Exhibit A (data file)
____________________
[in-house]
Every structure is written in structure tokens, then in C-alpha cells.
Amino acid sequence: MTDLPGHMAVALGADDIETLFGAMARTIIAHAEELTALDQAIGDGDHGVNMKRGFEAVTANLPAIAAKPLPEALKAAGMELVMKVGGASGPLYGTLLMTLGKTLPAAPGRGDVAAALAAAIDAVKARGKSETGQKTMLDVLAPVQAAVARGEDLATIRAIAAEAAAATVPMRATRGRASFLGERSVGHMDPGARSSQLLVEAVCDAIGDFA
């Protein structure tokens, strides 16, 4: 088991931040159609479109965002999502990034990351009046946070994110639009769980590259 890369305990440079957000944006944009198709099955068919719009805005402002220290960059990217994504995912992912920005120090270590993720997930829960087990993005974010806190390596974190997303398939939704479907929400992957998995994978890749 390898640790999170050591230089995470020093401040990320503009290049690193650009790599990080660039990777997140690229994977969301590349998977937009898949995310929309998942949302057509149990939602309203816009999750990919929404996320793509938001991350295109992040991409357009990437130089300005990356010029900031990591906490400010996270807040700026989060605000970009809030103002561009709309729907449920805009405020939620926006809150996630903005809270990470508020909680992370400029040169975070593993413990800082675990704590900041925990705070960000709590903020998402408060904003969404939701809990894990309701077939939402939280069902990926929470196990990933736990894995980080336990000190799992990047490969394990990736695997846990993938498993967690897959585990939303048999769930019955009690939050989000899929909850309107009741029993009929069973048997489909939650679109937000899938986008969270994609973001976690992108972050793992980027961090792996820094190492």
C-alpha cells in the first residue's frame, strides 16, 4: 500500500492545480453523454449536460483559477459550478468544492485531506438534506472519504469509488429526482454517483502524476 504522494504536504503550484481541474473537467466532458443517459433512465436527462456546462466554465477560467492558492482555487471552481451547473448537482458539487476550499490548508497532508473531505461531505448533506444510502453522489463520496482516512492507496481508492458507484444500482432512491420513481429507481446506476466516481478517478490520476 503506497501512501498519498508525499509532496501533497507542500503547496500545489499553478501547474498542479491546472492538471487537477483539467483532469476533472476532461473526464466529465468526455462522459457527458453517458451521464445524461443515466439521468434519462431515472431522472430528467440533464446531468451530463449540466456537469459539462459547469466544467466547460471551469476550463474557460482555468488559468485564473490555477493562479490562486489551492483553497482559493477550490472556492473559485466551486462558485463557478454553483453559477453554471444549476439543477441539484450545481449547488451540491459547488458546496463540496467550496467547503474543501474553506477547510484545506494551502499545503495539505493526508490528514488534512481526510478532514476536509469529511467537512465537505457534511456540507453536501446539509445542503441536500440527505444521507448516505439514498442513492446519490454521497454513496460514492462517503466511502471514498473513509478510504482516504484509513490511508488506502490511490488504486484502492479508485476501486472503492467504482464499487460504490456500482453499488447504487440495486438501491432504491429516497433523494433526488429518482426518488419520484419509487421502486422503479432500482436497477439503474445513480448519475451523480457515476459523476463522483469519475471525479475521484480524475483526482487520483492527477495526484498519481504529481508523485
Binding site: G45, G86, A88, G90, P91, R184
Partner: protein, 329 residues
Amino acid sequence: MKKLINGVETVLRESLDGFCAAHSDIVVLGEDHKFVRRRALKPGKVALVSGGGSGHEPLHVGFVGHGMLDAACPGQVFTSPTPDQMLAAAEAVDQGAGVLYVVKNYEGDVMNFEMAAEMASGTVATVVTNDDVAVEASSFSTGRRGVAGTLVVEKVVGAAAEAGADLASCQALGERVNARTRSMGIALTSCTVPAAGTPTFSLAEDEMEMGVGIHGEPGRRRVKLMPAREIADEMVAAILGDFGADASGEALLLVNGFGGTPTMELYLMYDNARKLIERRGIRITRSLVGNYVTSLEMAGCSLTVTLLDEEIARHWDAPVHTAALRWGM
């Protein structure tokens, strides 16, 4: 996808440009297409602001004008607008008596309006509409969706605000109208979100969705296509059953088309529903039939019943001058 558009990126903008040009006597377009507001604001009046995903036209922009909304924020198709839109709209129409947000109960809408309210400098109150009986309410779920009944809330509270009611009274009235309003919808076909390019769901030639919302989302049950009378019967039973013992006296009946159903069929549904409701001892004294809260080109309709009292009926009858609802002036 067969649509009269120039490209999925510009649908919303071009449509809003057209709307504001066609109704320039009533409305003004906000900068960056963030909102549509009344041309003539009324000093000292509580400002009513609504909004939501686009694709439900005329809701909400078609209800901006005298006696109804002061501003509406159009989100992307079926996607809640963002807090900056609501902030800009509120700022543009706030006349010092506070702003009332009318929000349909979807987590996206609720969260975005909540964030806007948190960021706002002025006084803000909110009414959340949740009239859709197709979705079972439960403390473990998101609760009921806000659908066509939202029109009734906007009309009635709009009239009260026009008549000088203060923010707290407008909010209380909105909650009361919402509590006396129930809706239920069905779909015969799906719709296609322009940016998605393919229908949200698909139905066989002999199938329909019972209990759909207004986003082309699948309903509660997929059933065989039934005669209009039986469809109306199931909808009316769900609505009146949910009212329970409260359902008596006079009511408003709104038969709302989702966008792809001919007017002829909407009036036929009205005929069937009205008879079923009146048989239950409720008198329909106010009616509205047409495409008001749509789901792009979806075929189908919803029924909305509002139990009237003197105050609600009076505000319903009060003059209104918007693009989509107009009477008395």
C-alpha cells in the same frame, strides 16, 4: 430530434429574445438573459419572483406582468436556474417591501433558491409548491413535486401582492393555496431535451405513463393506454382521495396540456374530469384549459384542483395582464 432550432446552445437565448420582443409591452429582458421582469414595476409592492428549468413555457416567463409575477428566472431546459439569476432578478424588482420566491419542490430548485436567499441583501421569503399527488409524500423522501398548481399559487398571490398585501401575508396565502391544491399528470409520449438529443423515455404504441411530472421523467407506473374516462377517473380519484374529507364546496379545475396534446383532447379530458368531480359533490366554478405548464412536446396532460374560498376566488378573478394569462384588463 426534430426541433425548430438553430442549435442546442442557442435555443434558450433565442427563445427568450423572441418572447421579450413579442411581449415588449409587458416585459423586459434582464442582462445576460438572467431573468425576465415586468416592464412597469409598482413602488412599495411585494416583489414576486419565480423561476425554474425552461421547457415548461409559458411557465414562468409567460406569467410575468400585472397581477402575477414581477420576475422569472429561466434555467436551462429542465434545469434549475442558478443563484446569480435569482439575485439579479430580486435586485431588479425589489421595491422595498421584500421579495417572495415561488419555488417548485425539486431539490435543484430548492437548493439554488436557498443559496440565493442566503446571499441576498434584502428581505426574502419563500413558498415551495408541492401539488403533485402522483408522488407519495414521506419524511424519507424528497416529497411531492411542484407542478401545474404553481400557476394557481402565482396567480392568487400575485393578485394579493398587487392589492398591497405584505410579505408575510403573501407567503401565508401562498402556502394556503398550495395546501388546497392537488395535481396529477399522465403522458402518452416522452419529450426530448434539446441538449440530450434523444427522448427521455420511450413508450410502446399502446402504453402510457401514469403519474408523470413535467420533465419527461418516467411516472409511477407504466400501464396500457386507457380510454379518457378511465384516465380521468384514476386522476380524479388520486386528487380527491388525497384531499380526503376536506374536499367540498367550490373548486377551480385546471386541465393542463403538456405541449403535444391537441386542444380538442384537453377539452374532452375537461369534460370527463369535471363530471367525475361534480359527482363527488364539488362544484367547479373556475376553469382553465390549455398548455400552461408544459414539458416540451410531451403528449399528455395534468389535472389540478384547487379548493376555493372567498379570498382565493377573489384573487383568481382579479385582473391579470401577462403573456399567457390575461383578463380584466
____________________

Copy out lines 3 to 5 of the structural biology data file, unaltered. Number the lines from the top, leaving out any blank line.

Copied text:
Amino acid sequence: MTDLPGHMAVALGADDIETLFGAMARTIIAHAEELTALDQAIGDGDHGVNMKRGFEAVTANLPAIAAKPLPEALKAAGMELVMKVGGASGPLYGTLLMTLGKTLPAAPGRGDVAAALAAAIDAVKARGKSETGQKTMLDVLAPVQAAVARGEDLATIRAIAAEAAAATVPMRATRGRASFLGERSVGHMDPGARSSQLLVEAVCDAIGDFA
């Protein structure tokens, strides 16, 4: 088991931040159609479109965002999502990034990351009046946070994110639009769980590259 890369305990440079957000944006944009198709099955068919719009805005402002220290960059990217994504995912992912920005120090270590993720997930829960087990993005974010806190390596974190997303398939939704479907929400992957998995994978890749 390898640790999170050591230089995470020093401040990320503009290049690193650009790599990080660039990777997140690229994977969301590349998977937009898949995310929309998942949302057509149990939602309203816009999750990919929404996320793509938001991350295109992040991409357009990437130089300005990356010029900031990591906490400010996270807040700026989060605000970009809030103002561009709309729907449920805009405020939620926006809150996630903005809270990470508020909680992370400029040169975070593993413990800082675990704590900041925990705070960000709590903020998402408060904003969404939701809990894990309701077939939402939280069902990926929470196990990933736990894995980080336990000190799992990047490969394990990736695997846990993938498993967690897959585990939303048999769930019955009690939050989000899929909850309107009741029993009929069973048997489909939650679109937000899938986008969270994609973001976690992108972050793992980027961090792996820094190492």
C-alpha cells in the first residue's frame, strides 16, 4: 500500500492545480453523454449536460483559477459550478468544492485531506438534506472519504469509488429526482454517483502524476 504522494504536504503550484481541474473537467466532458443517459433512465436527462456546462466554465477560467492558492482555487471552481451547473448537482458539487476550499490548508497532508473531505461531505448533506444510502453522489463520496482516512492507496481508492458507484444500482432512491420513481429507481446506476466516481478517478490520476 503506497501512501498519498508525499509532496501533497507542500503547496500545489499553478501547474498542479491546472492538471487537477483539467483532469476533472476532461473526464466529465468526455462522459457527458453517458451521464445524461443515466439521468434519462431515472431522472430528467440533464446531468451530463449540466456537469459539462459547469466544467466547460471551469476550463474557460482555468488559468485564473490555477493562479490562486489551492483553497482559493477550490472556492473559485466551486462558485463557478454553483453559477453554471444549476439543477441539484450545481449547488451540491459547488458546496463540496467550496467547503474543501474553506477547510484545506494551502499545503495539505493526508490528514488534512481526510478532514476536509469529511467537512465537505457534511456540507453536501446539509445542503441536500440527505444521507448516505439514498442513492446519490454521497454513496460514492462517503466511502471514498473513509478510504482516504484509513490511508488506502490511490488504486484502492479508485476501486472503492467504482464499487460504490456500482453499488447504487440495486438501491432504491429516497433523494433526488429518482426518488419520484419509487421502486422503479432500482436497477439503474445513480448519475451523480457515476459523476463522483469519475471525479475521484480524475483526482487520483492527477495526484498519481504529481508523485